New York musician and musicologist Alexander Gelfand once wrote an article entitled, “Tango: Not Jewish, But Not 100% Not Jewish.” How can this be said about one of the most quintessential and well-loved symbols of the country of Argentina? Tango is not exactly known as having Jewish roots. However, like many things within Argentina’s history, it is not without Jewish influence.

The origins of the tango are actually not precisely known. Some believe that it came from an Andalusian dance of the same name. Some think that it grew from the Cuban habañera. The word tango is generally thought to have first been used in Candombes, or religious festivals, held by the descendents of black slaves. During these religious festivals there was much dancing to the rhythm of the Tang drums, and participants started to use the word “tang” for everything: the dance itself, the drums used, and even the places where these religious rituals were carried out.

But no one knows for sure what sparked the tango to grow out of the slums of Buenos Aires in the 1880s. Regardless, it is known that the dance was quickly embraced and loved by the underclass of Buenos Aires. This is how European Jews were some of the very first people to dance the Argentine tango. Mass immigration of Jews to Argentina first began in the 1890s. So as the Jewish community grew, so did the tango.

 

In the 1910s, the tango spread throughout West Europe, and by the 1920s, it was absolutely flourishing within Argentina. At this time, many of the most famous tango orchestras had Jewish musicians. It was also at this same time that European Jews began writing their own Yiddish tangos.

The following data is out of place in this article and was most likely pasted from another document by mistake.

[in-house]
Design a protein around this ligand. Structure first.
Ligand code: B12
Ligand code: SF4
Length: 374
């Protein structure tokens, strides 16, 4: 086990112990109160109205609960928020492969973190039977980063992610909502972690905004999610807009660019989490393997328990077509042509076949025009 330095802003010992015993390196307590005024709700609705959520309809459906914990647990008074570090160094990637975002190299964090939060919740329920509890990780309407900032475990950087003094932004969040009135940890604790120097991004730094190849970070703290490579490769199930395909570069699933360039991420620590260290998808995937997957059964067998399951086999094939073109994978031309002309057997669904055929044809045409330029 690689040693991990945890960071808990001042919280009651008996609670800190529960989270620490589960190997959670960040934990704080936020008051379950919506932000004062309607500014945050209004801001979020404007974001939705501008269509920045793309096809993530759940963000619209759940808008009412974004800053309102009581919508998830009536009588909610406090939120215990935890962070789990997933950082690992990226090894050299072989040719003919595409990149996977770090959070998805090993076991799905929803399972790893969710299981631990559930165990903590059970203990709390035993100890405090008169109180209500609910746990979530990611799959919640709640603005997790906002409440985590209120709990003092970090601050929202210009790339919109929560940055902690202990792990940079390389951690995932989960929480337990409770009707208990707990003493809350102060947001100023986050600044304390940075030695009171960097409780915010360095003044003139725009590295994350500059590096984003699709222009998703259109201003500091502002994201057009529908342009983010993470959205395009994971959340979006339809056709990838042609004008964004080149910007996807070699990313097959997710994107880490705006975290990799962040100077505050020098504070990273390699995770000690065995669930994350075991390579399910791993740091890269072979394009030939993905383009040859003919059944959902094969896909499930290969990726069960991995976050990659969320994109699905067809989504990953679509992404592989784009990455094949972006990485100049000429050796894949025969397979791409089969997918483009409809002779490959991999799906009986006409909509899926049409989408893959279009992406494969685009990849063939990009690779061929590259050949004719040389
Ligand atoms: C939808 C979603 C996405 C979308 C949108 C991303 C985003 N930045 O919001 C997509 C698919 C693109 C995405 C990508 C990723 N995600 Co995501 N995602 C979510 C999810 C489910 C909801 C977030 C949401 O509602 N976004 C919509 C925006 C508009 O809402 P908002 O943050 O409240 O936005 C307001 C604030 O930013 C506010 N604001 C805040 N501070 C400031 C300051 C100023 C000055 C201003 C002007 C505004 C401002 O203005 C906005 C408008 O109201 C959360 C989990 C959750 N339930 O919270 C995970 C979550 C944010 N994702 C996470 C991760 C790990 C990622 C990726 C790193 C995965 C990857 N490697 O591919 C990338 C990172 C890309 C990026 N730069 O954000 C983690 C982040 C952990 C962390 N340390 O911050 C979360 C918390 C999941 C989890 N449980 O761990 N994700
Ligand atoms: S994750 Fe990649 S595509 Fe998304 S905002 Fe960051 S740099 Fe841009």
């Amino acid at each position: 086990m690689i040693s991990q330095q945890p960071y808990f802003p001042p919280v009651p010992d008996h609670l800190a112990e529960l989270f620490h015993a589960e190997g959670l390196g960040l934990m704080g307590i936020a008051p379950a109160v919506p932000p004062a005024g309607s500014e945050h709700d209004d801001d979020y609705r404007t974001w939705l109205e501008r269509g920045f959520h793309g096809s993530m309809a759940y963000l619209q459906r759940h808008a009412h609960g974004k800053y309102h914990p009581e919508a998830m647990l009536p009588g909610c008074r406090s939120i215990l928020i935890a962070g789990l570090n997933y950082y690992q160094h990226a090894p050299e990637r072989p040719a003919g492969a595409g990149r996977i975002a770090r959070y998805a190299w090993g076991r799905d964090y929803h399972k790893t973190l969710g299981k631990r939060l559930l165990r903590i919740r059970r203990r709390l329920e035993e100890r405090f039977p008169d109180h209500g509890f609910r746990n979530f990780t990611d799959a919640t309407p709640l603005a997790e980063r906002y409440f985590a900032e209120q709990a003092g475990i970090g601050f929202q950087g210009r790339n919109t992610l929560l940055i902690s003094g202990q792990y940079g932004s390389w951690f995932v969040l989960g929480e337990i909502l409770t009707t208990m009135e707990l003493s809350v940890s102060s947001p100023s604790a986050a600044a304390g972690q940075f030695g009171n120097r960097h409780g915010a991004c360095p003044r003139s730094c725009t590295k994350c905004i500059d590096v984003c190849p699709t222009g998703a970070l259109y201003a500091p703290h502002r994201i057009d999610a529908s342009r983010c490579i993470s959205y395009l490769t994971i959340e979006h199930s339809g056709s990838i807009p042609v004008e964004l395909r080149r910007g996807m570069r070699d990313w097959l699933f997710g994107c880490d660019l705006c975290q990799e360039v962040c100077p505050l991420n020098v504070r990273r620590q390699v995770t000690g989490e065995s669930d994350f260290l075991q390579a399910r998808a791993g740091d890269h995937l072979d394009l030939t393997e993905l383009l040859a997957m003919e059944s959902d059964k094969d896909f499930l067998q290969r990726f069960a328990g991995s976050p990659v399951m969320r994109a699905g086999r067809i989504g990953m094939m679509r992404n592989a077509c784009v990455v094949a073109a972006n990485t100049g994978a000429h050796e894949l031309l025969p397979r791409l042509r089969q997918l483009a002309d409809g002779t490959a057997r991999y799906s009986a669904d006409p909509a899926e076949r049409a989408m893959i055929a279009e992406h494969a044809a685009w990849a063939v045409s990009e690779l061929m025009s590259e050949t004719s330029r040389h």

Within the Jewish community, the tango perhaps hit its most important role during the Holocaust. Inevitably, the tango became part of life in the Nazi concentration camps. Yiddish tango became an expression of life and yearning for freedom by the prisoners. Interestingly, the Nazis allowed this music to be played. However, they forced Lagerkapellen, the camp orchestras, to play the Tango of Death to accompany prisoners as they were walked to the gas chambers. Thus, Yiddish tango adopted its melancholy nature.

 

During happier times, Jewish tango composers living in Buenos Aires were very successful writing Yiddish tangos and composing for the Yiddish Theater. Some immigrated to New York where they were able to spread this music and culture throughout the United States as well.

 

Today, Yiddish tango is just one chapter in the entire history of the Argentine tango. However, it has greatly contributed to the love and acceptance of the tango all around the world, as well as the tango’s many forms, from Tango Orillero to Tango Canyengue. Argentine tango is a symbol of Jews’ ability to adapt to, and enrich, the ethos of their adoptive countries.

Tagged: Stuart